Exclusive outtakes from industry leaders
For some fans, Boeing’s first test flight of its new 787 Dreamliner this week was apparently a virtual postcard.
The aerospace company says people sent about 25,000 postcards electronically of the lightweight commercial plane made primarily from carbon-based plastics and titanium.
About 1 million people logged in to watch the take-off and landing, observing the long-delayed first flight from about 13,000 cities and about 200 countries, the company says.
Dennis Muilenburg, chief executive officer of Boeing Defense Systems, watched from St. Louis — about 2,000 road miles from Seattle where the flight happened — in a Webcast meeting with about 100 employees who had a live feed from the event.
And for Boeing Co’s customers, saving cash is becoming increasingly important.
It’s long been one of the great mysteries of the defense game about whether companies that make a lot of the stuff used for defense and security, might be able to ratchet down their pricing when, economically at least, it was a rainy day.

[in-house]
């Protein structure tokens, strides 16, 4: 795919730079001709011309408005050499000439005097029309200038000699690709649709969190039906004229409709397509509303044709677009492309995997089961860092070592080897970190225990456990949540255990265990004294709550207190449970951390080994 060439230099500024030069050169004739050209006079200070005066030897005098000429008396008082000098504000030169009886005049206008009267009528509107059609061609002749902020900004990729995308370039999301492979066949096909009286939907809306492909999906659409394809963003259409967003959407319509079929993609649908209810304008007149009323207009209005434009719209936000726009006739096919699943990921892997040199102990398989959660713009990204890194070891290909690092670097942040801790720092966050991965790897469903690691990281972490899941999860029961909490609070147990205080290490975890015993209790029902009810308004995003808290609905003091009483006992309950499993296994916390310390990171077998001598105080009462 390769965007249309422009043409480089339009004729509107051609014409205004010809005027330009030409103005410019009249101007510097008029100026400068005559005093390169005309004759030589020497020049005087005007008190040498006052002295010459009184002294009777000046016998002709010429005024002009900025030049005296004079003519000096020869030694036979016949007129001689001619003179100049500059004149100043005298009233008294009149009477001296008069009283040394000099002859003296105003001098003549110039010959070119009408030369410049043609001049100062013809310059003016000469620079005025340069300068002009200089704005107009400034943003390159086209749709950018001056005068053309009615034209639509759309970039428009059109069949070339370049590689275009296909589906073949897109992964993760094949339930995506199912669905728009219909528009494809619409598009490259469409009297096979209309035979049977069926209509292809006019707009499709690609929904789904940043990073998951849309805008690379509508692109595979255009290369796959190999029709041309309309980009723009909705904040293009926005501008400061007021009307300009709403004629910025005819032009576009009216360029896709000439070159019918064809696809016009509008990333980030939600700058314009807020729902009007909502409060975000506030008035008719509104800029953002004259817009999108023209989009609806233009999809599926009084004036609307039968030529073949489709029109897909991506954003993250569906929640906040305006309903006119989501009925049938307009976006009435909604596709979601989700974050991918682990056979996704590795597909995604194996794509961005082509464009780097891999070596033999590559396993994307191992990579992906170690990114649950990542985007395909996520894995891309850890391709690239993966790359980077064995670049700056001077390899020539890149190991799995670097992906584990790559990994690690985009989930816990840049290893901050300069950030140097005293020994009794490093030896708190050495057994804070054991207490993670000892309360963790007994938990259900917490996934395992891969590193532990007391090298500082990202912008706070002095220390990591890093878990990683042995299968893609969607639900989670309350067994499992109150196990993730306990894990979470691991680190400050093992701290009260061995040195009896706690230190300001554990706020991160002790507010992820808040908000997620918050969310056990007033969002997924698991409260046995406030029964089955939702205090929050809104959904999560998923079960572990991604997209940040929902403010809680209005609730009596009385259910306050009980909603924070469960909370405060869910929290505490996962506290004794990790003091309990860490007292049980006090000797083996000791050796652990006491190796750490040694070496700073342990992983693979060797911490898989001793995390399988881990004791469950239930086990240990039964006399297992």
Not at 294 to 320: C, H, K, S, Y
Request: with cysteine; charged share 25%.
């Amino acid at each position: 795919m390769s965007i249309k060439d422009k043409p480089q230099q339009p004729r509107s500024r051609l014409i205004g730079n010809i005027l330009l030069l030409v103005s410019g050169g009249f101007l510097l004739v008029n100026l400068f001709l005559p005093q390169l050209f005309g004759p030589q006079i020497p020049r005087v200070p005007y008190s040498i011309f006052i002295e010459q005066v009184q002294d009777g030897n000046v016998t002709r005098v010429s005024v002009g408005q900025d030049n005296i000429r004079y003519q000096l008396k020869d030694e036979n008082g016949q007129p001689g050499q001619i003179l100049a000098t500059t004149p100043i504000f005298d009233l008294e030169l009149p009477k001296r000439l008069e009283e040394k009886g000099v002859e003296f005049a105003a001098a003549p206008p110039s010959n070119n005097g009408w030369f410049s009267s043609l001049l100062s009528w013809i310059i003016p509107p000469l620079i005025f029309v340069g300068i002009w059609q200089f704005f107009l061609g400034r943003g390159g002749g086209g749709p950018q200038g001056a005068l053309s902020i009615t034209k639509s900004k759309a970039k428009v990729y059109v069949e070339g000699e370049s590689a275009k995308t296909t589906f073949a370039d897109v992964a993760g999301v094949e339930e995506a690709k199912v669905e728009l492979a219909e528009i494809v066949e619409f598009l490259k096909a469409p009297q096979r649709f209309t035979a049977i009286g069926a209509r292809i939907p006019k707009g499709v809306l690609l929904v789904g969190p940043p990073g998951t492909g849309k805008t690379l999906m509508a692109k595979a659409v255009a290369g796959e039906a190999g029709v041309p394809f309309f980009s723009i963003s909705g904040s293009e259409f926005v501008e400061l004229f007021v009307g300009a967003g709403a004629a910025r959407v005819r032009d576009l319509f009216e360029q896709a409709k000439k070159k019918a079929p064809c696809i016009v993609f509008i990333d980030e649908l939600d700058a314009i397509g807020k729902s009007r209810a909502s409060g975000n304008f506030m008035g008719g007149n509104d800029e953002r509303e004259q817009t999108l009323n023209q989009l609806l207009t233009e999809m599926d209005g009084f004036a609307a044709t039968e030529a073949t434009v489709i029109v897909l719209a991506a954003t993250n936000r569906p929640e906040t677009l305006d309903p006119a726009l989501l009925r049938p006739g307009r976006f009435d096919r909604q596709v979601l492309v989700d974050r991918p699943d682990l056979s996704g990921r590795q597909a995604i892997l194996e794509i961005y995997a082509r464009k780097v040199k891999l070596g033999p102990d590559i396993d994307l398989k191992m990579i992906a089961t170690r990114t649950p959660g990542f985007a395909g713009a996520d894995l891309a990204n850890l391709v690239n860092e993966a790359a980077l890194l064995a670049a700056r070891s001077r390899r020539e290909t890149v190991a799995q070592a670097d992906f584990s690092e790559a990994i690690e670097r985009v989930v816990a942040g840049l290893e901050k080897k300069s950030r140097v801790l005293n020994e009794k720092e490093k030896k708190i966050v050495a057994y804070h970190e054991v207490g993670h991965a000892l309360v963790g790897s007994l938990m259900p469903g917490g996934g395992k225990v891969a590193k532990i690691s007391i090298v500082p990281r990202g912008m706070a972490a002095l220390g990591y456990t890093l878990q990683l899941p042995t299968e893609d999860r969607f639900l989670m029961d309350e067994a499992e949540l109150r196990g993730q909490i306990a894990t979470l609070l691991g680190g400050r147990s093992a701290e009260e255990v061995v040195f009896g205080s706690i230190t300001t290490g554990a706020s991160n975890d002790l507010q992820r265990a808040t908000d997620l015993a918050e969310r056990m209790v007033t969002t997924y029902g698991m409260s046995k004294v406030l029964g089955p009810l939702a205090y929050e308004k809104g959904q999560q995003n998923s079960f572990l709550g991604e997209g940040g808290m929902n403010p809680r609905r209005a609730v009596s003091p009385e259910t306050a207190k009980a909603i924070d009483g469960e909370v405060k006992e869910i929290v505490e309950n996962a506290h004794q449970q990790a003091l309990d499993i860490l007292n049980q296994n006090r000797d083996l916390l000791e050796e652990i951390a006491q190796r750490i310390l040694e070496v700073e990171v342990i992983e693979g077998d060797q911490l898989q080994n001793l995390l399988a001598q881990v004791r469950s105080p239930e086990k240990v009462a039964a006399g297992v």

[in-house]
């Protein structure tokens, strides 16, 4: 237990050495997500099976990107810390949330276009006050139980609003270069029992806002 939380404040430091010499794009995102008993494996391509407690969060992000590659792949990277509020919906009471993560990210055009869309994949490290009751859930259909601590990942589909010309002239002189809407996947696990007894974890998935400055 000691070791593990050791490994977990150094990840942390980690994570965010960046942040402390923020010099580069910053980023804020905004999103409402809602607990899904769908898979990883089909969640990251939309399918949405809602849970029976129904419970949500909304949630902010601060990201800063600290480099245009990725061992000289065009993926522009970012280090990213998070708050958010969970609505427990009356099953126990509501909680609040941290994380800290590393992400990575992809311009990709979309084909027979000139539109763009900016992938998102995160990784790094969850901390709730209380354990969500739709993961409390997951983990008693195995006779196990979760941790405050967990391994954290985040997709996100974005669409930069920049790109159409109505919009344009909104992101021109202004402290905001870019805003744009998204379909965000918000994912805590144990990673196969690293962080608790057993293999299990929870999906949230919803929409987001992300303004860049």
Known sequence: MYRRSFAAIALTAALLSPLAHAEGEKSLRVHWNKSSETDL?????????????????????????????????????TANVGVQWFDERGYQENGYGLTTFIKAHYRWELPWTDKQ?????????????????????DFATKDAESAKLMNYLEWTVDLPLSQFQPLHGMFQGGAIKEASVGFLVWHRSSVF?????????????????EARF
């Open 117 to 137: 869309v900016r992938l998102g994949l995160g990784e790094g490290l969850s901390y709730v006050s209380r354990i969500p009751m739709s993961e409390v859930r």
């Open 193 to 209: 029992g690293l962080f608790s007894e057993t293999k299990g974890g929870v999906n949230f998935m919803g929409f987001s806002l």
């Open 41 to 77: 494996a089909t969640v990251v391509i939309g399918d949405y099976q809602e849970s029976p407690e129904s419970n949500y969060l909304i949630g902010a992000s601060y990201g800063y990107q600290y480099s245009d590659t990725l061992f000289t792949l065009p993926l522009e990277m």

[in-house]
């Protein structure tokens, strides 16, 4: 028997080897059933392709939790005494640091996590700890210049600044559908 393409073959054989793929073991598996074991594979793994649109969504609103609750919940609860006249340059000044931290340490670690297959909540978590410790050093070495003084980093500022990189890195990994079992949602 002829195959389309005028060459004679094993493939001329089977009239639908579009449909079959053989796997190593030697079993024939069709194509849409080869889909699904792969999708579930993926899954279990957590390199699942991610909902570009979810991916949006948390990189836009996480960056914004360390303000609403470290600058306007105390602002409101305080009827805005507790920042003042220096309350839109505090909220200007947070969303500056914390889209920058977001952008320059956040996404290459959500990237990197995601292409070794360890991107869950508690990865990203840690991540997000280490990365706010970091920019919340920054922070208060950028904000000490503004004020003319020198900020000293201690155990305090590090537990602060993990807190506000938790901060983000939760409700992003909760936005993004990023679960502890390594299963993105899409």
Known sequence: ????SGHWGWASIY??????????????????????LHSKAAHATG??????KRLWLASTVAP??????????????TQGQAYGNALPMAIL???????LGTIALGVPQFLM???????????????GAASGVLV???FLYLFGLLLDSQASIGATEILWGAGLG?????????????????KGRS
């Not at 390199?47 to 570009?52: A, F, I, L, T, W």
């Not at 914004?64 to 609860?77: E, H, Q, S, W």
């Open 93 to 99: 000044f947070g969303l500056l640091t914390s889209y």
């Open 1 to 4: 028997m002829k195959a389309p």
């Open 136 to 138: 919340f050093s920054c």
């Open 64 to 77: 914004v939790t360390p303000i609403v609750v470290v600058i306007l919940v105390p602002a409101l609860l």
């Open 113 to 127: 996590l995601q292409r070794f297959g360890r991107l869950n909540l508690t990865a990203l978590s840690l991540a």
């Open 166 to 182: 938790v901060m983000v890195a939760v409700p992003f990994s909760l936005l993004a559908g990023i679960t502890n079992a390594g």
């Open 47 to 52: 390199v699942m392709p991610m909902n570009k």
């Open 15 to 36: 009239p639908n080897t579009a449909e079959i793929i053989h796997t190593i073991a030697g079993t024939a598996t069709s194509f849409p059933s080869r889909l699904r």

An eight-week strike by machinist workers at commercial aircraft maker Boeing delayed production and may cut profit by hundreds of millions of dollars.
But a major aircraft leasing company in the Gulf Arab state of Kuwait – and a Boeing client – sees one possible benefit to the company.
A global industry downturn is forcing manufacturers to slow down growth plans and control capacity, Ahmad A. Alzabin, chairman of Kuwait-based Alafco Aviation Lease and Finance Co. told a Reuters summit.
“Probably with Boeing they’ve been somehow more fortunate with the strike that was going on for two months. This absorbed some of the excess capacity that had happened.”